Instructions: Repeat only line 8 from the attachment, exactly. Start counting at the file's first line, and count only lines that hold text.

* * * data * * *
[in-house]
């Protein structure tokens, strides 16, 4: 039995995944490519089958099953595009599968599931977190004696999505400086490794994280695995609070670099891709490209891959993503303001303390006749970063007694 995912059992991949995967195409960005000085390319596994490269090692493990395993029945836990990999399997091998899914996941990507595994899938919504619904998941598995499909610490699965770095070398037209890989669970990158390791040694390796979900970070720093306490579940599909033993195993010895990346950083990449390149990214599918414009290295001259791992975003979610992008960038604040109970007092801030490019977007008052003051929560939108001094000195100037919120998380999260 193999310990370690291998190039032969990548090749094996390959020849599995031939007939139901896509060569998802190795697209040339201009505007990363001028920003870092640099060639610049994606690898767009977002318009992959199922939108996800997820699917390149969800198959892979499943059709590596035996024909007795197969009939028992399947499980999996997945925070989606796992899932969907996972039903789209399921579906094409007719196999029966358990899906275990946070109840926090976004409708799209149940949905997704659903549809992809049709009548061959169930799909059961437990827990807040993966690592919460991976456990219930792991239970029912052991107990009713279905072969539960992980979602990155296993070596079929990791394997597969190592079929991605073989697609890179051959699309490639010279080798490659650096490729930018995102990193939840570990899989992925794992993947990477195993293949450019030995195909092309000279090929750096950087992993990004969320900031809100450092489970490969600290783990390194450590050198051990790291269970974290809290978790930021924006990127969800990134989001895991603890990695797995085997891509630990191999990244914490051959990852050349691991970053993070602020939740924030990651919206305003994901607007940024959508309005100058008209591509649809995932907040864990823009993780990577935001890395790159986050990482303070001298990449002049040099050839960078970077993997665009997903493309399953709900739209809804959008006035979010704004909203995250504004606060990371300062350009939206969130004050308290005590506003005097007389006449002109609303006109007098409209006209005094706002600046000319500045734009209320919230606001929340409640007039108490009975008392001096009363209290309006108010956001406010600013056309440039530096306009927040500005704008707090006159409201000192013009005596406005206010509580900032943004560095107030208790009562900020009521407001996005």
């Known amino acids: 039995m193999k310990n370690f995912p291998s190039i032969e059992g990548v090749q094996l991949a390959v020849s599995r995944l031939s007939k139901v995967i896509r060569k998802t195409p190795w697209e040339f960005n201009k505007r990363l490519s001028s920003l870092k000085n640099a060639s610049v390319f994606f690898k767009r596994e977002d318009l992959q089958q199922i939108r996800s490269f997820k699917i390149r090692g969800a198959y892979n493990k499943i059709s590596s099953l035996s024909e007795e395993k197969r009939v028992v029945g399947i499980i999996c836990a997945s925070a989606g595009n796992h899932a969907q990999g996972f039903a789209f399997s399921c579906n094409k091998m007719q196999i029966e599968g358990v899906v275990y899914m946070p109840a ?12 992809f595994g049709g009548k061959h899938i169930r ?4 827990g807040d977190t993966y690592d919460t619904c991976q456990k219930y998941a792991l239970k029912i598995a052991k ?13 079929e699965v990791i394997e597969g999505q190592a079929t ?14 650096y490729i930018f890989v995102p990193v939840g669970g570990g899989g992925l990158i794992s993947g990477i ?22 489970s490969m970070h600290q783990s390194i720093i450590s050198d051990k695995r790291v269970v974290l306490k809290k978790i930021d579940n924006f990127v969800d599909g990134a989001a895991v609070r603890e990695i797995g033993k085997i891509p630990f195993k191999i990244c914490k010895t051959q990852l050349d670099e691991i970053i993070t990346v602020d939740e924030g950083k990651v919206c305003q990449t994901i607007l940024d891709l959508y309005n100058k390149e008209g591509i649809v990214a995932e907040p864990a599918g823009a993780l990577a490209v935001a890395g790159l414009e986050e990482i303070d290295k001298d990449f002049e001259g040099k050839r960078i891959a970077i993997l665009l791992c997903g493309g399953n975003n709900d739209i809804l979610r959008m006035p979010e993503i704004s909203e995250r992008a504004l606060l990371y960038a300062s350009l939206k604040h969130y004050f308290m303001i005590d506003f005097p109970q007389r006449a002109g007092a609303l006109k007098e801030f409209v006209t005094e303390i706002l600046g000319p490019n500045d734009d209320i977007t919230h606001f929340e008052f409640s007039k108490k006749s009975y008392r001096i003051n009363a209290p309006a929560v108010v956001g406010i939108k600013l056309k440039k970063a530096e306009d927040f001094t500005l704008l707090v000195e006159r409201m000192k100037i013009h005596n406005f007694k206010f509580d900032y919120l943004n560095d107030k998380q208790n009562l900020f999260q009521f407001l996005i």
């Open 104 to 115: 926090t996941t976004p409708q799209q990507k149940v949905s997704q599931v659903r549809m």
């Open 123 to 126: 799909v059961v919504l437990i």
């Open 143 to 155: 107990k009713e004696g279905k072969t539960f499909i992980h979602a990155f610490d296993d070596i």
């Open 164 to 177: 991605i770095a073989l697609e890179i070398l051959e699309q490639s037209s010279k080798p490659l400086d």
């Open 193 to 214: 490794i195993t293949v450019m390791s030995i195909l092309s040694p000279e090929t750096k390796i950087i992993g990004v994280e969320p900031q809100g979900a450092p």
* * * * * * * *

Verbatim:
């Open 193 to 214: 490794i195993t293949v450019m390791s030995i195909l092309s040694p000279e090929t750096k390796i950087i992993g990004v994280e969320p900031q809100g979900a450092p």